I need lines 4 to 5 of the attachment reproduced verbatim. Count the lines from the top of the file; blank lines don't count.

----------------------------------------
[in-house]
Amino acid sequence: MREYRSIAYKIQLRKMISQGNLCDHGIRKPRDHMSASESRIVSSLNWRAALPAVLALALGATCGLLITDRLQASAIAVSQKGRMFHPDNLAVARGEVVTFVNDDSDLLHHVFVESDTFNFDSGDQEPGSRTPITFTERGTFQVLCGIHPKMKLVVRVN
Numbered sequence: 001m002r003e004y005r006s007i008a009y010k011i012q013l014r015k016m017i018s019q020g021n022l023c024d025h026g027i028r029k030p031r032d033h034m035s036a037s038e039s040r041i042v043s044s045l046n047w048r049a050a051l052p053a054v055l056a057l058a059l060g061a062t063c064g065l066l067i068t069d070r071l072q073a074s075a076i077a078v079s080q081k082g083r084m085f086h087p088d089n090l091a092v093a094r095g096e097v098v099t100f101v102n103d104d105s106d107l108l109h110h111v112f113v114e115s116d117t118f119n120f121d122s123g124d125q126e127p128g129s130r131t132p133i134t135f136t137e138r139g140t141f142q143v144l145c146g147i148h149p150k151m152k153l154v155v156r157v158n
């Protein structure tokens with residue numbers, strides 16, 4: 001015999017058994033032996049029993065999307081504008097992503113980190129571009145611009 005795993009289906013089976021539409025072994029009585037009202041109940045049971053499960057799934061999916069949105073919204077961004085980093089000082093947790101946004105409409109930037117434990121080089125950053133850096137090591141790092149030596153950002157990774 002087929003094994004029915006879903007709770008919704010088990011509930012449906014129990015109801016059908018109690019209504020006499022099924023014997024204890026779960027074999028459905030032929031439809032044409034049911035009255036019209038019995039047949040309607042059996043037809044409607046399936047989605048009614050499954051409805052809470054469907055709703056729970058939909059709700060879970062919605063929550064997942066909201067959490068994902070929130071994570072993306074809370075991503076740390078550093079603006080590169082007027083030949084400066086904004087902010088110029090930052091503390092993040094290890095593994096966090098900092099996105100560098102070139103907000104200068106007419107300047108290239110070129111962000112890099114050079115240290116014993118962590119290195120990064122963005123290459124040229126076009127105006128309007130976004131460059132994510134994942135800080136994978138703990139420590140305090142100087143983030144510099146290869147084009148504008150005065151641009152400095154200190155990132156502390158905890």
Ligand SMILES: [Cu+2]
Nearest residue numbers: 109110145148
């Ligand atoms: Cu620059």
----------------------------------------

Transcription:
């Protein structure tokens with residue numbers, strides 16, 4: 001015999017058994033032996049029993065999307081504008097992503113980190129571009145611009 005795993009289906013089976021539409025072994029009585037009202041109940045049971053499960057799934061999916069949105073919204077961004085980093089000082093947790101946004105409409109930037117434990121080089125950053133850096137090591141790092149030596153950002157990774 002087929003094994004029915006879903007709770008919704010088990011509930012449906014129990015109801016059908018109690019209504020006499022099924023014997024204890026779960027074999028459905030032929031439809032044409034049911035009255036019209038019995039047949040309607042059996043037809044409607046399936047989605048009614050499954051409805052809470054469907055709703056729970058939909059709700060879970062919605063929550064997942066909201067959490068994902070929130071994570072993306074809370075991503076740390078550093079603006080590169082007027083030949084400066086904004087902010088110029090930052091503390092993040094290890095593994096966090098900092099996105100560098102070139103907000104200068106007419107300047108290239110070129111962000112890099114050079115240290116014993118962590119290195120990064122963005123290459124040229126076009127105006128309007130976004131460059132994510134994942135800080136994978138703990139420590140305090142100087143983030144510099146290869147084009148504008150005065151641009152400095154200190155990132156502390158905890």
Ligand SMILES: [Cu+2]